Williamson, Pelicans’ adjustment period went by really fast
NEW ORLEANS – Alvin Gentry was right.
The New Orleans Pelicans coach said there would be an adjustment period for No. 1 overall draft pick Zion Williamson.
The former Duke University forward entered the draft as the most eagerly anticipated newcomer to the NBA since LeBron James in 2003.
Then the anticipation percolated as New Orleans played the first 44 games on the season while Williamson worked his way back from knee surgery on the eve of the season opener.
By the time Williamson made his debut less than two weeks ago, the expectations were “way, way, way through the roof,” Gentry said.
Here was a 19-year-old kid who hadn’t played in a real game in a nearly a year being thrust into NBA action for the first time at mid-season.
“The only thing I would caution everyone about is that he hadn’t played basketball in a long, long time,” Gentry said on the eve of Williamson’s debut. “He’s not going to be the guy who steps right out there and play like he’s played 40 games. It’s going to take a little time.”
It did take a little time.
Williamson’s first stat in his first game against San Antonio came on a first-quarter turnover. Then he got an assist and a little while later he scored his first basket after an offensive rebound.
Through three quarters he did very little. Then he scored 17 consecutive Pelicans points during an eye-popping three-minute, eight-second stretch.
All in all it was an extremely impressive 18-minute debut.
Since then his playing time has increased – to 21 minutes against Denver, 27 minutes against Boston (in his first win) 30 minutes against Cleveland (in his first road game) and then 29 minutes his most recent outing against Memphis on Friday night in the Smoothie King Center,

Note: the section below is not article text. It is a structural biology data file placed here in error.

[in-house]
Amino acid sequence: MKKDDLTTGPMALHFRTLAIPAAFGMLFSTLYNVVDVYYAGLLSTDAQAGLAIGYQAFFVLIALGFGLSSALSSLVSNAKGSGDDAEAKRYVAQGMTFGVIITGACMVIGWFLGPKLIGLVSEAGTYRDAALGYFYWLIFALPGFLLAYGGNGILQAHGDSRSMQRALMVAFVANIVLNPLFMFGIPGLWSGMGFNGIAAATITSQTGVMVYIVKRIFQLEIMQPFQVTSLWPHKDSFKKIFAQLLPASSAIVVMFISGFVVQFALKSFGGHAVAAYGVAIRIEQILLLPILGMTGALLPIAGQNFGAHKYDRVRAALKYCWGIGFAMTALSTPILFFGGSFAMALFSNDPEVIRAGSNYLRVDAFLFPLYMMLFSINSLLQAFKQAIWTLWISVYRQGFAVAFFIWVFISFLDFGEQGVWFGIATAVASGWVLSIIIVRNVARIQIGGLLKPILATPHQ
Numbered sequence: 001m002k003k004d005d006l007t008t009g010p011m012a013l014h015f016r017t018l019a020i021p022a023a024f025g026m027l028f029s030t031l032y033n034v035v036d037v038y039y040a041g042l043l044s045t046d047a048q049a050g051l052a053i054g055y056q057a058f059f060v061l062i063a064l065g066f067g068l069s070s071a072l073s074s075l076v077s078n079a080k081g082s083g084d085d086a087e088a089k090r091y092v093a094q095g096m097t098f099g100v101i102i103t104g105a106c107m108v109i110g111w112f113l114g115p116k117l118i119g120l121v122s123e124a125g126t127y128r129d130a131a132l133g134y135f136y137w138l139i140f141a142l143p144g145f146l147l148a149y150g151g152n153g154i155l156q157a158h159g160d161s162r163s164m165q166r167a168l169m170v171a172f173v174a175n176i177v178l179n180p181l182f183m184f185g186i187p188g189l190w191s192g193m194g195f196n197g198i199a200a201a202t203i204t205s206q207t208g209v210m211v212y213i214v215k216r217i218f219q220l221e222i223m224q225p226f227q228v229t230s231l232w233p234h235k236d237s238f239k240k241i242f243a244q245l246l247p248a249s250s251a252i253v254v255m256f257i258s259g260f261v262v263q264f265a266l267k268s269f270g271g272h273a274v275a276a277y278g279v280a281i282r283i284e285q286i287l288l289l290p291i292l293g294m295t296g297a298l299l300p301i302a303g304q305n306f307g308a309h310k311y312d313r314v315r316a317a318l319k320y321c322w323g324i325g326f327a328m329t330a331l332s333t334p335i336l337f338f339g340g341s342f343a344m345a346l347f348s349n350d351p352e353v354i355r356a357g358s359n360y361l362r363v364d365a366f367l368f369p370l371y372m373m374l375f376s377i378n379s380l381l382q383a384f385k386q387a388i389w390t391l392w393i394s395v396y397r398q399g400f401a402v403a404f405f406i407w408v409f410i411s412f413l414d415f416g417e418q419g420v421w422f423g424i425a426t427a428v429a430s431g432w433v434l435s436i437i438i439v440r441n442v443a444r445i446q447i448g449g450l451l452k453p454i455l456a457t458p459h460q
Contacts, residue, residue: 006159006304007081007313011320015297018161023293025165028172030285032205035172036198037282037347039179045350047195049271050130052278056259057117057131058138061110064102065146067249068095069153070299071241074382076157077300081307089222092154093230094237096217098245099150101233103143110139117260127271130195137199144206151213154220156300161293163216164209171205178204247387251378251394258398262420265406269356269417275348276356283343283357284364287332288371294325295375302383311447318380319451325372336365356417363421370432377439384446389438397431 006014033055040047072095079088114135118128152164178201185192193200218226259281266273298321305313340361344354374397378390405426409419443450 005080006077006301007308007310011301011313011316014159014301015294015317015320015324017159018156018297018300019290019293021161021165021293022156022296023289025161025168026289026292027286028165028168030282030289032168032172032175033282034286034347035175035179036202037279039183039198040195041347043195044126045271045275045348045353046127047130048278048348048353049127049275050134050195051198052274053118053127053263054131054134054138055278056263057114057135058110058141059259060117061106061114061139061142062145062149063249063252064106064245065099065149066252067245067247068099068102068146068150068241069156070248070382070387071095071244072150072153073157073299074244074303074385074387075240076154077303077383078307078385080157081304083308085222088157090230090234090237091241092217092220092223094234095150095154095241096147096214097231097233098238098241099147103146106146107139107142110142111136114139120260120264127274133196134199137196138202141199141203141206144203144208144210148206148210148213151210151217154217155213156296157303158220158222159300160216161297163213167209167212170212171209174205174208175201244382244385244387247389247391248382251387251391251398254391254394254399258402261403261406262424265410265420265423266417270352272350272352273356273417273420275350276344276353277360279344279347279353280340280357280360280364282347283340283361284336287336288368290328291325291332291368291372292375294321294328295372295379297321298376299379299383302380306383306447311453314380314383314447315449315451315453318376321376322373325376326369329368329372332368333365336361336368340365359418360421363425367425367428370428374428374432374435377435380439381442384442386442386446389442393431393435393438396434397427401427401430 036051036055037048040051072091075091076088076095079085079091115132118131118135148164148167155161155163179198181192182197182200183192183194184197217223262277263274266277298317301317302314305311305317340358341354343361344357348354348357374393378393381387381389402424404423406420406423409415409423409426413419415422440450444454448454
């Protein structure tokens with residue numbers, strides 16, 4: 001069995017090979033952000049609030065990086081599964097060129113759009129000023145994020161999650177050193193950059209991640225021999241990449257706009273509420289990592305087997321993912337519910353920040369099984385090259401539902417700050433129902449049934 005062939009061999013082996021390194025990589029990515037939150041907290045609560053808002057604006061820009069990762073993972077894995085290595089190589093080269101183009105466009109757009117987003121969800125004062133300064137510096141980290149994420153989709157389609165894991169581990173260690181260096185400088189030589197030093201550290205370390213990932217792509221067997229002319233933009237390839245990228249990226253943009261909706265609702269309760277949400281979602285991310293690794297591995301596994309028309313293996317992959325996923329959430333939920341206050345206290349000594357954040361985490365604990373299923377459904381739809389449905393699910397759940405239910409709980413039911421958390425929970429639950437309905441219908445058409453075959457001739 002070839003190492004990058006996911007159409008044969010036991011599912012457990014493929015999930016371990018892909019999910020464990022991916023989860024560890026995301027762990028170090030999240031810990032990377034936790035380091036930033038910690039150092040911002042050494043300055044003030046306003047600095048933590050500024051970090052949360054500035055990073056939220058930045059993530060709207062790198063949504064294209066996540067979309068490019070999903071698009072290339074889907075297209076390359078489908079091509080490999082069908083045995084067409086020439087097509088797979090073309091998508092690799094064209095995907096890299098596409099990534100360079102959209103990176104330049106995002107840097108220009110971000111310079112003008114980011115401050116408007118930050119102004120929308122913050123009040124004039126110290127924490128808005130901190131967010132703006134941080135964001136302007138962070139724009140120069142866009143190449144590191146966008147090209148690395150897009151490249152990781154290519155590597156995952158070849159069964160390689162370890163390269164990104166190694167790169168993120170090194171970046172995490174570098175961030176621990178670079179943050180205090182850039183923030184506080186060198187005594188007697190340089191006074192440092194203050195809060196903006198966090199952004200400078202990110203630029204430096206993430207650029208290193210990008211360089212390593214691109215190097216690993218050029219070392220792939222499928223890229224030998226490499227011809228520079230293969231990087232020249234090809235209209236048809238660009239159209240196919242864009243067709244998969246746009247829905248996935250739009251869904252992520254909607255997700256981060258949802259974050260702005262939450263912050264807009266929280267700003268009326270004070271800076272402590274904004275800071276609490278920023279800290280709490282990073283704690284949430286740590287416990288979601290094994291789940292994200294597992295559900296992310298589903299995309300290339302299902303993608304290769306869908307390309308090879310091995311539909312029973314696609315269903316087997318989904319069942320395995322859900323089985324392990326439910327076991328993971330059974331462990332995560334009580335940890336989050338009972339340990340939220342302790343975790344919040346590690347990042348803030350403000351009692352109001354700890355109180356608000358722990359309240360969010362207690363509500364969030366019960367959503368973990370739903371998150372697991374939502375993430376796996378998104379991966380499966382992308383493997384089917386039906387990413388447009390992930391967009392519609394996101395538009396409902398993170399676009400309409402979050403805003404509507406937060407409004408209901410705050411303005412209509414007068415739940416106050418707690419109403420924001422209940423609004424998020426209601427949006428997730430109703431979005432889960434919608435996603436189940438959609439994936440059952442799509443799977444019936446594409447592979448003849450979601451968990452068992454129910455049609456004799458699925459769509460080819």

Gentry called that outing – a season-high 24 points (on 9 of 15 field goals), six rebounds and three assists – Williamson’s “most complete game” to date.
The rookie has now played in five NBA games and the Pelicans have won the last three after losing the first two.
In addition to taking on progressively more minutes, Williamson has played at a very high level throughout. He is averaging 19.2 points, 7.8 rebounds and 25.0 minutes per game. He’s shooting 62.5 percent from the field.
Just as important is the fact that Williamson and the Pelicans’ other two top scorers – All-Star forward Brandon Ingram and guard Jrue Holiday – have played much better collectively in the last three games than they did in Williamson’s first two.
Ingram’s scoring average has gone up to 20.0 in the three wins compared to 17.5 in the two losses. His field-goal percentage increased from 27 percent to 51 percent and his three-point percentage increased from 23 percent to 56 percent.
Holiday’s scoring average went up from 12.0 to 23.7, his field-goal percentage went from 32 to 53 and his three-point percentage went from 11 to 45.
“I thought it was going to be like this from the beginning,” said point guard Lonzo Ball, who had 19 points and eight assists against the Grizzlies. “Obviously we knew it was going to be a process, but I think we are finally figuring it out, building up the chemistry. Incorporating Zion back is good for us and hopefully we just keep trending upward.”
- < PREV Basketball: Bonnabel, Slidell earn district wins Friday
- NEXT > LSU stays unbeaten in SEC with 73-63 win over Ole Miss
CCS/106.1 FM/Daily Iberian
Les East is a nationally renowned freelance journalist. The New Orleans area native’s blog on SportsNOLA.com was named “Best Sports Blog” in 2016 by the Press Club of New Orleans. For 2013 he was named top sports columnist in the United States by the Society of Professional Journalists. He has since become a valued contributor for CCS. The Jesuit High…